Last Name


TitleVisiting Professor
InstitutionBaylor College of Medicine
DepartmentDepartment of Molecular & Cellular Biology
DivisionMolecular & Cellular Biology
AddressDepartment of  MCB
One Baylor Plaza, Mail Stop BCM  130
Houston TX 77030
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    The scientific focus of Dr. Marchetti’s laboratory is penetrating research to improve understandings of mechanisms underlying brain metastasis; this, by capturing changes in the brain microenvironment and investigating determinants implicated in the early events of tumor cell colonization to brain. The ultimate objective is to apply concepts and findings clinically for novel and effective treatments combating brain metastasis.

    Specifically, we aim to:

    1. Determine how heparanase, a master regulator of cancer metastasis, affects the onset of brain metastasis via enzymatic and non – enzymatic functions, and at multiple levels, e.g., tumor cell adhesion, vascular cooption, disruption of the blood-brain-barrier, cytoskeletal dynamics, tumor cell extravasation/growth, and promoting chemotherapy resistance.
    2. Identify subsets, and investigate properties and molecular signatures of Circulating Tumor Cells (CTCs) – the “seeds” of uncurable metastatic disease – as unique alternative to invasive biopsies for the detection, diagnosis, and monitoring of tumors with a predilection to metastasize to brain.

    Brain metastasis remains the most devastating and feared consequence of cancer with more than 40% of all cancer patients developing brain metastasis. For example, patients with brain metastatic breast cancer (BMBC) have, even with the best available treatments, only a 20% one-year survival rate. BMBC is particularly common in breast cancers that are positive for epidermal growth factor receptor1 and 2 (EGFR and HER2), however, targeted therapies against BMBC, e.g., lapatinib – a EGFR/HER2 dual kinase inhibitor, are only minimally effective with response rates lower than those for extracranial metastases. The identification of mechanisms responsible for BMBC is imperative to develop new therapies.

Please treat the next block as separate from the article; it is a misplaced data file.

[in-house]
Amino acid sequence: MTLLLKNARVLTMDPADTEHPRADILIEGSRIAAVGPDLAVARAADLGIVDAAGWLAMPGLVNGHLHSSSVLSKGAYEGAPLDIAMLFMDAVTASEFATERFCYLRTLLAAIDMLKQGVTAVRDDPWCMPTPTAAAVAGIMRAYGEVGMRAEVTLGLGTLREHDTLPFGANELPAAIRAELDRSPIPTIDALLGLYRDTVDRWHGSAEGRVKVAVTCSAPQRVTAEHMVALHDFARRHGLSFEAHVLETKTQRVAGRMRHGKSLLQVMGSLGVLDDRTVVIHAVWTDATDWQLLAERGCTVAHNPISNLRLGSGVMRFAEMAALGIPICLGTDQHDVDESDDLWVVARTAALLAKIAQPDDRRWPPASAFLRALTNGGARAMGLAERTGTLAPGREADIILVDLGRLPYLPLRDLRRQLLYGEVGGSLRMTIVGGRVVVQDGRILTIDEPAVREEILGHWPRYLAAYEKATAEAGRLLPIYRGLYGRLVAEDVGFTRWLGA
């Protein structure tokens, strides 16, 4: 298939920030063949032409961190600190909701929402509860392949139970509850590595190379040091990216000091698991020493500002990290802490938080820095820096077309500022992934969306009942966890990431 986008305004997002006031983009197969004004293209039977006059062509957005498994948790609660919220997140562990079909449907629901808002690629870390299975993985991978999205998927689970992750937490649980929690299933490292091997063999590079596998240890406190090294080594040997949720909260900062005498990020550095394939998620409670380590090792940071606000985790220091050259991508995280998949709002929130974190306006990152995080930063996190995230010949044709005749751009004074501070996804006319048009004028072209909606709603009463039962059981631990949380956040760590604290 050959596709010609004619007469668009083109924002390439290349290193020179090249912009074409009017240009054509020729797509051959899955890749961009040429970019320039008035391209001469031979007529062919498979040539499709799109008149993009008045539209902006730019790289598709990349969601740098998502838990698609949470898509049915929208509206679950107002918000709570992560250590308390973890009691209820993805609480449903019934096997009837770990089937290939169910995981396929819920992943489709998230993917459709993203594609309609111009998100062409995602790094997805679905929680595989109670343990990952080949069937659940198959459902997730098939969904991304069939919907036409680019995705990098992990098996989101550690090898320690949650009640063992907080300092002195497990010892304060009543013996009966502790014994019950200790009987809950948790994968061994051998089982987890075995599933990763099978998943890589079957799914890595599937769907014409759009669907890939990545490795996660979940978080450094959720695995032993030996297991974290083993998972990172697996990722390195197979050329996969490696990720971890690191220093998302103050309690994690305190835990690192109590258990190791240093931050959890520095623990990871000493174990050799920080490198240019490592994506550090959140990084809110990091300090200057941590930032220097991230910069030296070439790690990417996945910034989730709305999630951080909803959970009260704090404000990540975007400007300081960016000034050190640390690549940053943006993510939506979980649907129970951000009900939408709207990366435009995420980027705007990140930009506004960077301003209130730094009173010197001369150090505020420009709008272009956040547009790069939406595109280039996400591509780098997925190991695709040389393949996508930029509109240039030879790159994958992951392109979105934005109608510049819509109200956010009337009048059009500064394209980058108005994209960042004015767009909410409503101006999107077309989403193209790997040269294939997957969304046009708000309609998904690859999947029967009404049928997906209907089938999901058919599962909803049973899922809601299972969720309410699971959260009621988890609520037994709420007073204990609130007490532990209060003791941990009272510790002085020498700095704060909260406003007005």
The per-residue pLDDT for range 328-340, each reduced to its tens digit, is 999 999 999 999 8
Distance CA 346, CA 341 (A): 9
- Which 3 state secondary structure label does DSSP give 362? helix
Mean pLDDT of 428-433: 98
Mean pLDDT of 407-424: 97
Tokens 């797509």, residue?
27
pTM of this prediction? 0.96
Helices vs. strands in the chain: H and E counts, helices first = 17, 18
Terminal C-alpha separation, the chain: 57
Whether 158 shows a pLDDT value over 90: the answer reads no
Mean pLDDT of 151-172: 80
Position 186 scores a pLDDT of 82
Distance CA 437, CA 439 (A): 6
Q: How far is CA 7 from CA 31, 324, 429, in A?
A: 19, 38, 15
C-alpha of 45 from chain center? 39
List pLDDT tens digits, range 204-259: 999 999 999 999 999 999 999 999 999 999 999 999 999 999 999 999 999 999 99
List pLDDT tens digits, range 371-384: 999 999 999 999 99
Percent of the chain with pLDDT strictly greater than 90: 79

By several pre-clinical studies, my laboratories have demonstrated that heparanase (HPSE) acts as a potent pro-tumorigenic, pro-angiogenic, and pro-metastatic enzyme. Heparanase is the only endoglycosidase in mammals which cleaves heparan sulfate (HS), the main polysaccharide of cell surface and tumor-surrounding extracellular matrix, into fragments retaining biological activity. An established role for heparanase is to release HS-bound growth and angiogenic factors stored in the extracellular matrix, and regulate their levels and potency, thus initiating many effects which drastically alter the metastatic outcome. These functions are mediated by enzymatically active heparanase. However, recent findings indicate that heparanase possesses functions which are independent of its enzymatic activity, and acts as an adhesion molecule and signal transducer. The therapeutic disruption of heparanase therefore provides an opportunity to block multiple pathways that control tumor-host interactions and are crucial for tumor growth and metastasis.

    Our work has implicated heparanase as a promoter of brain metastasis whose activity is highest in cells metastasizing to brain. The enzyme is also produced by cells of the brain microenvironment in response to a brain neoplastic insult fostering metastatic growth. Further, we have demonstrated that heparanase is expressed in BMBC tissues, and functions as a target of EGFR/HER2 pathways affecting BMBC cell proliferation. Overall, these findings set the stage for developing therapies aimed at the heparanase/HS axis. To move toward this goal, we must gain a better understanding of the mechanisms of heparanase, which are poorly understood. By studying much broader roles for heparanase, which involve enzymatic and non-enzymatic functions, and deciphering these roles at distinct steps of brain colonization, we aim to demonstrate that heparanase regulates the cross-talk between BMBC and cells of the brain microenvironment, and initiates multiple effects which are critical for the development and progression of BMBC. Our approaches are cutting-edge and include unique in vitro and in vivo models of BMBC, lentiviral delivery targeting heparanase with microRNA, small molecule HPSE inhibitors, and innovative study designs of the biology of CTCs. They emphasize the strong translational component of our programs which hold a great potential for new understandings of BMBC onset and regulation. They will provide the essential groundwork to introduce heparanase-based therapies in patients with brain metastases in general, breast cancer brain metastasis in particular. We are fully dedicated to this goal.